Journalists should help dispel myths and misconceptions around Covid-19 vaccines and support the immunisation programme rolled out by the Government, as the misconceptions are causing unnecessary alarm and despondency.
The misconceptions need to be tackled to maintain public confidence in the vaccination programme.
Zimbabwe is so far ranked the 5th best African country in managing Covid-19 vaccination, and second best in mainland Africa with the small island states generally doing very well, and 68th in the world.
In a recent presentation during a workshop on Covid-19 access to information organised by Vendors Initiative for Social and Economic Transformation (VISET), media content expert Mr Givemore Chipere said the informative role of the media was crucial given the rising level of misinformation about vaccination.
The workshop, brought together journalists from across the country, Government officials, youth leaders, local authorities and others on the frontline of the response to Covid-19.
Mr Chipere was commenting on an article that widely circulated on online platforms this week claiming that those vaccinated would die in two years, another one of the wild bits of fake news circulated by the anti-vaxers who tend to be extreme right-wingers who see science as a conspiracy.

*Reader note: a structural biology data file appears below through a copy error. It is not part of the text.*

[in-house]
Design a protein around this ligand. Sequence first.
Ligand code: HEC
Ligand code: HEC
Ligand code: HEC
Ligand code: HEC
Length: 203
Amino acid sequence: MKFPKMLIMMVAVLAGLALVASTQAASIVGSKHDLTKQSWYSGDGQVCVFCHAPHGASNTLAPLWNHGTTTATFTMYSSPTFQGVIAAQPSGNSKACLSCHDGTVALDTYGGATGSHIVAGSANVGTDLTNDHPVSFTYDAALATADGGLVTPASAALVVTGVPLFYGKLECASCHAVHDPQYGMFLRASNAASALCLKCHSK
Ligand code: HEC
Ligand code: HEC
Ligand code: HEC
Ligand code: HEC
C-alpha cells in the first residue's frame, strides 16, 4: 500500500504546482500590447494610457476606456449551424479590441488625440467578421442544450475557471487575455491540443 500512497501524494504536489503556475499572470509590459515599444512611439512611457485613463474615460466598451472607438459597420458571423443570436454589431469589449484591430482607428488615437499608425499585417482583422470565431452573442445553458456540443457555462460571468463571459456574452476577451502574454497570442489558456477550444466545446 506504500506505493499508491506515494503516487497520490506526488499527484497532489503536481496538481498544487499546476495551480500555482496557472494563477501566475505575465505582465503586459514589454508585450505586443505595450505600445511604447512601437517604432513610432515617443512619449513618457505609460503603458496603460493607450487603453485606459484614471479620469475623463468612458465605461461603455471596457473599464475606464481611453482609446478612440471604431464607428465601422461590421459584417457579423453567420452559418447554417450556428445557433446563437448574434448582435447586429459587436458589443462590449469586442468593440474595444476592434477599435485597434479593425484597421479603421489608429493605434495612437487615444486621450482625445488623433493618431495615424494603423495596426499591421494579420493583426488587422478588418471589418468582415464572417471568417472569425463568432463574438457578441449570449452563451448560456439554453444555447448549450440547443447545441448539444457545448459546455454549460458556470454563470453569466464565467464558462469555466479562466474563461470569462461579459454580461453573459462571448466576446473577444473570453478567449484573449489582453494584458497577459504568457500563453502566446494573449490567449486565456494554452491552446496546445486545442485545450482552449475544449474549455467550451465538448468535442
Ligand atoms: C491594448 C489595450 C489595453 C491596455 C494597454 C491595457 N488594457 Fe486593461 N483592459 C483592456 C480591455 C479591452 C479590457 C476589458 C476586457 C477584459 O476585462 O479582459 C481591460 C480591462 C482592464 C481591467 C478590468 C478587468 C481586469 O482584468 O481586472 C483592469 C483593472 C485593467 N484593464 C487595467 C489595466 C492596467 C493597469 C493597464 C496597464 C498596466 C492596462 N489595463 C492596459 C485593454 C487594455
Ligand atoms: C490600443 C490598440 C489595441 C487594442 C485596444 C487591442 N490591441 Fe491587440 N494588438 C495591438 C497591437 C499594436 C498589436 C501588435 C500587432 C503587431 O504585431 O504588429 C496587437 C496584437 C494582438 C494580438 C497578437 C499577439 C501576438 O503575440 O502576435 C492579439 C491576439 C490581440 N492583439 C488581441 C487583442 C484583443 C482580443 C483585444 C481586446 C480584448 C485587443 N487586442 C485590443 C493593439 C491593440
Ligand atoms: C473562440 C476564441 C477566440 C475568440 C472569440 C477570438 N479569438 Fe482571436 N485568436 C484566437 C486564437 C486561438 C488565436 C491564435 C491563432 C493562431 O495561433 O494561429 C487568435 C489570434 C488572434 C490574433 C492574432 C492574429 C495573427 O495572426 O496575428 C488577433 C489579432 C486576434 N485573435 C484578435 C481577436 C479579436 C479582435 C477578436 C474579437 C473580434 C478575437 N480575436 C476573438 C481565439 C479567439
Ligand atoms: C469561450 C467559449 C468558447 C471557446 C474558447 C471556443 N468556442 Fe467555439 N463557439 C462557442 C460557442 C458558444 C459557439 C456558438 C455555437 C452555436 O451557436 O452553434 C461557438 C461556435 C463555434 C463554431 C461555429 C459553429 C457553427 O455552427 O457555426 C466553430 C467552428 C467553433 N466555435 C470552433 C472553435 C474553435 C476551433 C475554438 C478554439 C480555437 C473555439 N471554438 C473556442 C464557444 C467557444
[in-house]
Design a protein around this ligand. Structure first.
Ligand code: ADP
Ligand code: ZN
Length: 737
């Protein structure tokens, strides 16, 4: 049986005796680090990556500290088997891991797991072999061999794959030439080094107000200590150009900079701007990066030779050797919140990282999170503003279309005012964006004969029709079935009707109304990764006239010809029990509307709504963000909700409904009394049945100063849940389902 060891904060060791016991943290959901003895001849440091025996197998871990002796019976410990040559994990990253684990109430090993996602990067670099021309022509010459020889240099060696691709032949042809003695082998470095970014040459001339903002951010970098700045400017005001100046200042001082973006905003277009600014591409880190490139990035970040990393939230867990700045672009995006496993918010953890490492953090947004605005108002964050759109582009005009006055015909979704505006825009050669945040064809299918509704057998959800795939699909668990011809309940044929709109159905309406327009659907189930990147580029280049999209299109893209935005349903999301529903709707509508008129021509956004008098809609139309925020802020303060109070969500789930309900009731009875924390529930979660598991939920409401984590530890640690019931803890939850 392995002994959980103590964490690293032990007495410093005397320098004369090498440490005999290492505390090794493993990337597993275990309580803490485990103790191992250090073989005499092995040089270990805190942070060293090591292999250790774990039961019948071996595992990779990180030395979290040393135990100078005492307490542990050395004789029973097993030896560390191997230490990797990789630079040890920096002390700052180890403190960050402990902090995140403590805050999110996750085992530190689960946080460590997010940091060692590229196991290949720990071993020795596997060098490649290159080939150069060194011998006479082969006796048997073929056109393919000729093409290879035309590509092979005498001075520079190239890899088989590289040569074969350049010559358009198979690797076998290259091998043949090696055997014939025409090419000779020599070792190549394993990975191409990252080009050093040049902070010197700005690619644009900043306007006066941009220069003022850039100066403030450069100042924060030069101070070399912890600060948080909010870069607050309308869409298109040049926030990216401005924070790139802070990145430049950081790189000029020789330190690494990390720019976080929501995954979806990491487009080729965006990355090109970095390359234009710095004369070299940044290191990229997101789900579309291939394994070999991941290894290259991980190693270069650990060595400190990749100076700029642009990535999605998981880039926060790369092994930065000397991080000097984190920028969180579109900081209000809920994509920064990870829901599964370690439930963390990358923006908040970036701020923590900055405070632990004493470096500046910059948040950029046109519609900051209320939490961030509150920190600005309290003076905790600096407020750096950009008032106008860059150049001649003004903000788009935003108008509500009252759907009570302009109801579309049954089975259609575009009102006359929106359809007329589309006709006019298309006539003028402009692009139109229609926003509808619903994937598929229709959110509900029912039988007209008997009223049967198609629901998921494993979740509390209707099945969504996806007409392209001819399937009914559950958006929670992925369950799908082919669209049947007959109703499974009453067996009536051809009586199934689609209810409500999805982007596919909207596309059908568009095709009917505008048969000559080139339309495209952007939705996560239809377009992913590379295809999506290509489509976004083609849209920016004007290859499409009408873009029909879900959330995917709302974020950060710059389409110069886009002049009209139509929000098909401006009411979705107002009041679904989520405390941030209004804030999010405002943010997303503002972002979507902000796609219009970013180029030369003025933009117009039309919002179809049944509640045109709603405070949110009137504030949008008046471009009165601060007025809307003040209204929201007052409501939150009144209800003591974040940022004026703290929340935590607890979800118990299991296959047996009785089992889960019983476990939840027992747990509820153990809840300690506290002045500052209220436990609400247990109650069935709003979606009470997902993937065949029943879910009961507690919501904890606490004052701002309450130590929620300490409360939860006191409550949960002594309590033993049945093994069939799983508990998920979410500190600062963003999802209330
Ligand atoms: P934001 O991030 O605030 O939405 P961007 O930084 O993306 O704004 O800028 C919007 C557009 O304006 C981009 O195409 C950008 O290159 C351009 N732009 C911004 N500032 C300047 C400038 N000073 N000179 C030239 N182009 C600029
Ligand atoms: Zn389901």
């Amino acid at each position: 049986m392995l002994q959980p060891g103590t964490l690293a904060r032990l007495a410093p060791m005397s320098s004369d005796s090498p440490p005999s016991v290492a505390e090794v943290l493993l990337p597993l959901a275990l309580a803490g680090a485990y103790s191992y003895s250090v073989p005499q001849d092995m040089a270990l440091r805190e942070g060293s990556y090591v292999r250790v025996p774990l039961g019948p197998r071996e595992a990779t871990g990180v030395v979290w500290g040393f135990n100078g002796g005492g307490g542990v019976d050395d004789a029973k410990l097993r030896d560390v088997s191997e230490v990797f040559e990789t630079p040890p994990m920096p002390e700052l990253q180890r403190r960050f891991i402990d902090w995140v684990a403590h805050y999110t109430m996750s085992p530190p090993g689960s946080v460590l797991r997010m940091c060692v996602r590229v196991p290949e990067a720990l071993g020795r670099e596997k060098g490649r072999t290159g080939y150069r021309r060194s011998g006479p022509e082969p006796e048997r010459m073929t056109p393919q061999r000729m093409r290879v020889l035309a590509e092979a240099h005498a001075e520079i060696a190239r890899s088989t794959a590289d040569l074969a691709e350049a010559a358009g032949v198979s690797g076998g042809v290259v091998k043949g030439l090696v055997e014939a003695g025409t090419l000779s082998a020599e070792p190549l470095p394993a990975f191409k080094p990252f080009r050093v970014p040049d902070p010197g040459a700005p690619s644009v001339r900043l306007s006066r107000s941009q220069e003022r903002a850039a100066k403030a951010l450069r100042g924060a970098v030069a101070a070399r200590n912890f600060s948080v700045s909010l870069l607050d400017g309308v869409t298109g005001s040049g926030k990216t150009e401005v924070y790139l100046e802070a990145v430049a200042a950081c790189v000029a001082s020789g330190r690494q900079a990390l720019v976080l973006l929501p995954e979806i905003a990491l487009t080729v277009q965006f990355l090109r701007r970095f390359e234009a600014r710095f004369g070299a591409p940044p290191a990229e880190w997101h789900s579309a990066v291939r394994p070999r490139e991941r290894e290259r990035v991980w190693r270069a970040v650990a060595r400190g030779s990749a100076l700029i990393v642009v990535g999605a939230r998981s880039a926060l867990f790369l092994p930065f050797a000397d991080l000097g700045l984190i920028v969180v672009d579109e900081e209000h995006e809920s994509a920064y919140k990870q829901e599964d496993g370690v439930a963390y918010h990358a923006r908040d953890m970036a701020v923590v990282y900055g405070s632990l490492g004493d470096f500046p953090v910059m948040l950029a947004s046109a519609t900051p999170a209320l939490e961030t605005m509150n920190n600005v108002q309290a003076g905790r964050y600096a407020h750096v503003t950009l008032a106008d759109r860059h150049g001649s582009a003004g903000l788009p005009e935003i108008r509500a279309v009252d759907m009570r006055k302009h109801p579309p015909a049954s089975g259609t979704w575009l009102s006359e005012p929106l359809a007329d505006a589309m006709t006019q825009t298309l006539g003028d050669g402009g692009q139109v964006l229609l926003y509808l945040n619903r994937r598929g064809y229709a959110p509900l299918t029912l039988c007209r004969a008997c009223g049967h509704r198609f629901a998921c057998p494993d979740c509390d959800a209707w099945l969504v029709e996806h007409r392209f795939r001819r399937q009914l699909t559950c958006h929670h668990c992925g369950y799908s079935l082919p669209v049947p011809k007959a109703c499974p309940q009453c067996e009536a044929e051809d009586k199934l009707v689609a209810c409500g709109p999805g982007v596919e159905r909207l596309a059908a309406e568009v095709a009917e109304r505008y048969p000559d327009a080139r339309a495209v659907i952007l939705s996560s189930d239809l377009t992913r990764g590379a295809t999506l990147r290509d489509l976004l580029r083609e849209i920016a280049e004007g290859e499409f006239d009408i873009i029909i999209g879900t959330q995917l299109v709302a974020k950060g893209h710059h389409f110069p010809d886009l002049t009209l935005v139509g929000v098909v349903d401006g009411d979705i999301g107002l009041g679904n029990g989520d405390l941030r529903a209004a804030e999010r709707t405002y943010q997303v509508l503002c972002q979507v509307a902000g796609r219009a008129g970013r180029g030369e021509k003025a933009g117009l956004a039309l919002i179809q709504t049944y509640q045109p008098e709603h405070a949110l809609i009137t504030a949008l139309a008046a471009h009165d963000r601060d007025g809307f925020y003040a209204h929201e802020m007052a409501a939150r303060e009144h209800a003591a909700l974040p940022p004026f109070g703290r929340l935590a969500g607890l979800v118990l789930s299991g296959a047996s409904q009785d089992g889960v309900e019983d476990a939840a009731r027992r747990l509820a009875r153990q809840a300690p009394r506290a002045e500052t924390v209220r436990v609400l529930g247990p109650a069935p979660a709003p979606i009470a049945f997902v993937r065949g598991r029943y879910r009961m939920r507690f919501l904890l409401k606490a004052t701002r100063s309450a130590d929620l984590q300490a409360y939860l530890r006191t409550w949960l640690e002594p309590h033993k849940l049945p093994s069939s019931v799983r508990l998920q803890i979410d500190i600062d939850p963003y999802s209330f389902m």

“We are in a serious misinformation crisis on vaccination,” he said. “Take for instance the article that widely circulated this week to the effect that all those vaccinated will die in two years.
“This is a message that is a major blow to Government efforts of reaching herd immunity in the shortest period possible. And in a crisis like this, people get scared; they seek information to stay safe. At the same time, a lot of rumours and half-truths get spread around.
That is why we see false messages and videos circulating on social media and unfounded theories about the effects of being vaccinated and how the virus is transmitted.
“All this misinformation is deadly. We’re facing not only a health crisis, but potentially, an information crisis.”
Mr Chipere urged journalists to play a huge role in circulating correct information and influence public behaviour on vaccination.
He said Covid-19 was a global crisis that had spread throughout the world at a dangerously fast pace.
Mr Chipere said much of the harmful content had been generated from unregistered online platforms which purport to advocate citizen journalism.
“Online health-related misinformation, which means health-related false and inaccurate information, has significantly harmed our daily life,” he said. Harare City Council head of corporate communications Mr Michael Chideme said content from untrusted sources would discourage many people from taking vaccines, if left unchecked.